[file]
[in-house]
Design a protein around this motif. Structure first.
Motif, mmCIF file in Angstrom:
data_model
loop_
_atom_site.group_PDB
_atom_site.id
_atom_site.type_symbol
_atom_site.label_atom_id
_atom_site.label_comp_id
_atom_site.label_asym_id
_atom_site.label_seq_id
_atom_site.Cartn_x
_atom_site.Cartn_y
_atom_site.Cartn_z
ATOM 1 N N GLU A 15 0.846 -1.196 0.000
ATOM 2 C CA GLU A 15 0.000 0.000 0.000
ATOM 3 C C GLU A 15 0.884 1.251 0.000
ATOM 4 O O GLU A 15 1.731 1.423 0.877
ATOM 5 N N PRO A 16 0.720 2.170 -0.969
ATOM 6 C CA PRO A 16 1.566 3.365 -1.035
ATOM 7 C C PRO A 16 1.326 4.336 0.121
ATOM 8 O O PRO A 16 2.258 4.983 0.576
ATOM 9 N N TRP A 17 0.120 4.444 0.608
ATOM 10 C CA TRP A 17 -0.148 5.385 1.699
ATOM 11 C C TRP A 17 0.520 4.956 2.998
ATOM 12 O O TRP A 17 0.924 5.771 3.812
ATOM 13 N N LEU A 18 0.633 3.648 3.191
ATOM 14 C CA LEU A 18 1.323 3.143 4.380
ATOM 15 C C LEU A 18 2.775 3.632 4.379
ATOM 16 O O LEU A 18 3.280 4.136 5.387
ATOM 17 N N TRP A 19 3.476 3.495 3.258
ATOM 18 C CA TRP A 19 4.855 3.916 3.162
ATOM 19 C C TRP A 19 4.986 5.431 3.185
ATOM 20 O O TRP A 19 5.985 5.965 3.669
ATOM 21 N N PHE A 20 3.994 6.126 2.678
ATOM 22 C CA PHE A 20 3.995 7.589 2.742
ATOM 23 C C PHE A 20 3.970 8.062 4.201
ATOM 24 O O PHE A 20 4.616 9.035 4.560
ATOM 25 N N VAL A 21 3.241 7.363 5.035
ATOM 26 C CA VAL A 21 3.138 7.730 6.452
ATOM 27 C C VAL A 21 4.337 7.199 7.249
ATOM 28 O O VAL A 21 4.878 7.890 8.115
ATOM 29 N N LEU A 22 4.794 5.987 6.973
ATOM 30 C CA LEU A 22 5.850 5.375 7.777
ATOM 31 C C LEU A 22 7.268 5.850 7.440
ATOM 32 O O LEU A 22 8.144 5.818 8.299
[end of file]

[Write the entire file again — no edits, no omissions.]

[in-house]
Design a protein around this motif. Structure first.
Motif, mmCIF file in Angstrom:
data_model
loop_
_atom_site.group_PDB
_atom_site.id
_atom_site.type_symbol
_atom_site.label_atom_id
_atom_site.label_comp_id
_atom_site.label_asym_id
_atom_site.label_seq_id
_atom_site.Cartn_x
_atom_site.Cartn_y
_atom_site.Cartn_z
ATOM 1 N N GLU A 15 0.846 -1.196 0.000
ATOM 2 C CA GLU A 15 0.000 0.000 0.000
ATOM 3 C C GLU A 15 0.884 1.251 0.000
ATOM 4 O O GLU A 15 1.731 1.423 0.877
ATOM 5 N N PRO A 16 0.720 2.170 -0.969
ATOM 6 C CA PRO A 16 1.566 3.365 -1.035
ATOM 7 C C PRO A 16 1.326 4.336 0.121
ATOM 8 O O PRO A 16 2.258 4.983 0.576
ATOM 9 N N TRP A 17 0.120 4.444 0.608
ATOM 10 C CA TRP A 17 -0.148 5.385 1.699
ATOM 11 C C TRP A 17 0.520 4.956 2.998
ATOM 12 O O TRP A 17 0.924 5.771 3.812
ATOM 13 N N LEU A 18 0.633 3.648 3.191
ATOM 14 C CA LEU A 18 1.323 3.143 4.380
ATOM 15 C C LEU A 18 2.775 3.632 4.379
ATOM 16 O O LEU A 18 3.280 4.136 5.387
ATOM 17 N N TRP A 19 3.476 3.495 3.258
ATOM 18 C CA TRP A 19 4.855 3.916 3.162
ATOM 19 C C TRP A 19 4.986 5.431 3.185
ATOM 20 O O TRP A 19 5.985 5.965 3.669
ATOM 21 N N PHE A 20 3.994 6.126 2.678
ATOM 22 C CA PHE A 20 3.995 7.589 2.742
ATOM 23 C C PHE A 20 3.970 8.062 4.201
ATOM 24 O O PHE A 20 4.616 9.035 4.560
ATOM 25 N N VAL A 21 3.241 7.363 5.035
ATOM 26 C CA VAL A 21 3.138 7.730 6.452
ATOM 27 C C VAL A 21 4.337 7.199 7.249
ATOM 28 O O VAL A 21 4.878 7.890 8.115
ATOM 29 N N LEU A 22 4.794 5.987 6.973
ATOM 30 C CA LEU A 22 5.850 5.375 7.777
ATOM 31 C C LEU A 22 7.268 5.850 7.440
ATOM 32 O O LEU A 22 8.144 5.818 8.299